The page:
The Washington Times today tells the story of 37-year-old Ian Pearl, a man with muscular dystrophy whose insurance coverage was cancelled. In the course of the story, we learn that Pearl’s round-the-clock home care costs $1 million a year, and was covered under his parents’ insurance until the company, Guardian Life, cancelled the whole line of insurance that provided such coverage. Guardian Life’s reason was that it could not make its policies affordable and attractive to small businesses while carrying such high-payout lines. We also learn that Pearl’s parents are millionaires, and that his brother is best-selling novelist Matthew Pearl (The Last Dickens). The parents had paid monthly premiums of $3700 ($44,400 a year) to receive the $1 million a year in benefits for Ian. They are trying to get the federal government (HHS) to force Guardian Life to resume paying out $1 million a year for Ian’s care. They don’t want to consign their son to a care facility on Medicaid, which they feel would be a death sentence.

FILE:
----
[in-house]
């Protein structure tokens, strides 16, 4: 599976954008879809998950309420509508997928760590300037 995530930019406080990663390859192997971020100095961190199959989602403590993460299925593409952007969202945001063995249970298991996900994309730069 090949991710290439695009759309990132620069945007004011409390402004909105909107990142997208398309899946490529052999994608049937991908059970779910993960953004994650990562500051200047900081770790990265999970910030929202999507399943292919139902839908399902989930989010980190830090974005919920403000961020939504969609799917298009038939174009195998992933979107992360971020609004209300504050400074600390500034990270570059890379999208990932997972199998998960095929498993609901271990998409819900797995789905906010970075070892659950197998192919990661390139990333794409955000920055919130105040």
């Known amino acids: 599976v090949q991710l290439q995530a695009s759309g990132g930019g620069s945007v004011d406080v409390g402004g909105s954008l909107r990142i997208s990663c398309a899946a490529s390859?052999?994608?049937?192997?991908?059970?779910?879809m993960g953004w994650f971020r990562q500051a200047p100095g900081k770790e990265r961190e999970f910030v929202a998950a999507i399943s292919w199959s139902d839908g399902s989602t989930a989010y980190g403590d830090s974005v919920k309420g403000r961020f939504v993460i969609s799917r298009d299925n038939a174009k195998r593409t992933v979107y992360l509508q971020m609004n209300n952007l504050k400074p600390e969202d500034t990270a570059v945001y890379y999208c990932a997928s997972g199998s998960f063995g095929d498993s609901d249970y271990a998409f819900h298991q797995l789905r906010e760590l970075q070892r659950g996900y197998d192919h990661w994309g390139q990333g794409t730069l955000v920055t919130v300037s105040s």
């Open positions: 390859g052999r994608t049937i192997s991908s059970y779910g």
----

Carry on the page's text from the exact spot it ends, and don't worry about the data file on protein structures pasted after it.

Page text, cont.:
The Pearls – Pearl Père a construction firm owner – may be a bit too well-off to serve as the poster family for a political campaign to ensure that coverage is never denied for any reason. Nevertheless, most of us would sympathize with them, a lot. TWT reports that Guardian Life listed profits last year of $437 million, and many people (mainly those who have never run a business) would point to those profits and demand to know why $1 million of that couldn’t go to Ian Pearl? TWT also reports that in a company email, someone at Guardian Life referred to the insured clients who receive very high claims payouts on a recurring basis as “dogs” that the company would like to get rid of. So that’s ugly and mean-spirited.